58 years after his death, James Agee has a new book joining his classics Let Us Now Praise Famous Men (1941) and A Death in the Family (1957). Written as an article for Fortune magazine in 1936 but never published, Cotton Tenants: Three Families is a look at Floyd Burroughs, Bud Fields, and Frank Tingle, three Depression-era white tenant farmers and their families in Hale County, Alabama. The text was thought to have been lost but was found among papers given by Agee's daughter to the University of Tennessee Special Collections Library in 2005.
From reading the editor's notes by John Summers and an introduction called "A Poet's Brief" by Adam Haslett, it sounds to me that the publishers of Cotton Tenants wanted to be very sure there was not another later version of the text before publishing. None has been found. It seems likely what is now published is what Agee intended. Haslett says no reason for Fortune's refusal to publish was ever made clear. While Agee was preparing his article, the editors eliminated the Life and Circumstances department of the magazine to which the article was bound. Anyone can speculate that the editors did not want to offend their Southern readers with Agee's hard assessment of the landed class's role in the plight of the poor.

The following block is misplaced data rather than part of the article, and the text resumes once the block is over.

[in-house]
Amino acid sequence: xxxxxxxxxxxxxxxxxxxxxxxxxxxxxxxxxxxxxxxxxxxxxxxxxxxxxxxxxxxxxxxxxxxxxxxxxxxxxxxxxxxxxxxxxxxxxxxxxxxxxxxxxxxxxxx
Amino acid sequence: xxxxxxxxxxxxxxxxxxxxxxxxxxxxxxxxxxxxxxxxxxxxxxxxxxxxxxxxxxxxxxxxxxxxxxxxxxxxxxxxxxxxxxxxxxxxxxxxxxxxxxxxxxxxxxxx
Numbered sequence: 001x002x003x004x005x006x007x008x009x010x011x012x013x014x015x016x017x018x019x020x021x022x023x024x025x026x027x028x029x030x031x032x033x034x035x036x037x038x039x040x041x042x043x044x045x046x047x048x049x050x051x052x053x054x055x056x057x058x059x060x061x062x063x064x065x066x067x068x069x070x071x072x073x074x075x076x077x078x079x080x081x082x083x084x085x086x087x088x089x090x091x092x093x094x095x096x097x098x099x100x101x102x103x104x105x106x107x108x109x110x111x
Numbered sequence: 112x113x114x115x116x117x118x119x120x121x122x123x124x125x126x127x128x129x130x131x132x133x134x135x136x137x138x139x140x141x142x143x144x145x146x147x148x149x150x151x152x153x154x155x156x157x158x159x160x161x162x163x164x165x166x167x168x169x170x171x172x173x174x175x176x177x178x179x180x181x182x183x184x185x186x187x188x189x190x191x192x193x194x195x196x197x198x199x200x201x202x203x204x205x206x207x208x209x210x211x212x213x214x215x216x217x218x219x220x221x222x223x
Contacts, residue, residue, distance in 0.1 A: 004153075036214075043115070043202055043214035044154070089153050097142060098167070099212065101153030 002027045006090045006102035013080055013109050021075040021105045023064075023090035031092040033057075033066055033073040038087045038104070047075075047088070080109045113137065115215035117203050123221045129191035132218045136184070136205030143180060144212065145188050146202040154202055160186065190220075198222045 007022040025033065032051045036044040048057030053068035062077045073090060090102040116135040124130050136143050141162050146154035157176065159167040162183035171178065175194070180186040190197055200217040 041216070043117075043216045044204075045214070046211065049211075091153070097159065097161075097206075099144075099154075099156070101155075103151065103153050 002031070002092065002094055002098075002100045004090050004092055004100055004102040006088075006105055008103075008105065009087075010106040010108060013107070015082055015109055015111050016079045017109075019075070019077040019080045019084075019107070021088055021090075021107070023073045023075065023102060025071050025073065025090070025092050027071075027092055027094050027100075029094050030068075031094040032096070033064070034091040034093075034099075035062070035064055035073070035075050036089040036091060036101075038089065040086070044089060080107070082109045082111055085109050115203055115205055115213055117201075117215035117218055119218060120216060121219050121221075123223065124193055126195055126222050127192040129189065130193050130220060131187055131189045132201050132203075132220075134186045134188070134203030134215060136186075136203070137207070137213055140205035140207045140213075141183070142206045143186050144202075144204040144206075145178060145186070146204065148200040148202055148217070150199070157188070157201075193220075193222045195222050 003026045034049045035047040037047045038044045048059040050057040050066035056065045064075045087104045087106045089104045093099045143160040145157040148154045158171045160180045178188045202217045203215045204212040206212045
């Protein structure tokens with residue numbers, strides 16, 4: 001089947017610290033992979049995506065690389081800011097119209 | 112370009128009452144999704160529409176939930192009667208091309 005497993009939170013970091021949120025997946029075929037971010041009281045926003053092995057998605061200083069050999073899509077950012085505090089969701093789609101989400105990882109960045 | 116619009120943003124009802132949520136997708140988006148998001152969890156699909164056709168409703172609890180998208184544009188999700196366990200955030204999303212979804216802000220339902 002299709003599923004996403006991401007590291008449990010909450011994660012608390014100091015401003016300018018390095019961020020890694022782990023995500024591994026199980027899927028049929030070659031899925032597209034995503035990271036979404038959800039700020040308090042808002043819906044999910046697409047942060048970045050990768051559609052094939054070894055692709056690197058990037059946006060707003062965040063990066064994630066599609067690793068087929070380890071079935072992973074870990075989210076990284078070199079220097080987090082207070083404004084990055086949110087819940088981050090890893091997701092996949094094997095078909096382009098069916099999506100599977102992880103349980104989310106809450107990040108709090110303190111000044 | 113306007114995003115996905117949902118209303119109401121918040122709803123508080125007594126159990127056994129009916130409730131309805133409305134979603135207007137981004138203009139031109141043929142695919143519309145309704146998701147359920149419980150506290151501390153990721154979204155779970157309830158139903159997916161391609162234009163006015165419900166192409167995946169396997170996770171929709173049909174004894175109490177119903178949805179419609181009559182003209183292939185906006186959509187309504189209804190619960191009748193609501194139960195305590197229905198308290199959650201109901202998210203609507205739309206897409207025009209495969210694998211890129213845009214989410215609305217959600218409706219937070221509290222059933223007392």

There seemed to be no escape from the poverty that Agee described. It was no surprise that bright children faded into drab, nearly lifeless adults. The tenant farmers were people without hope.
Fortune paid for famous photographer Walker Evans to accompany Agee to Alabama in 1936. Thirty of his photographs of the farmers, their homes, and cotton fields are included with the article text to make a small but impressive book that can now serve as an introduction to the writings of Agee for a new generation of readers.
Agee, James. Cotton Tenants: Three Families. Melville House, 2013. 224p. ISBN 9781612192123.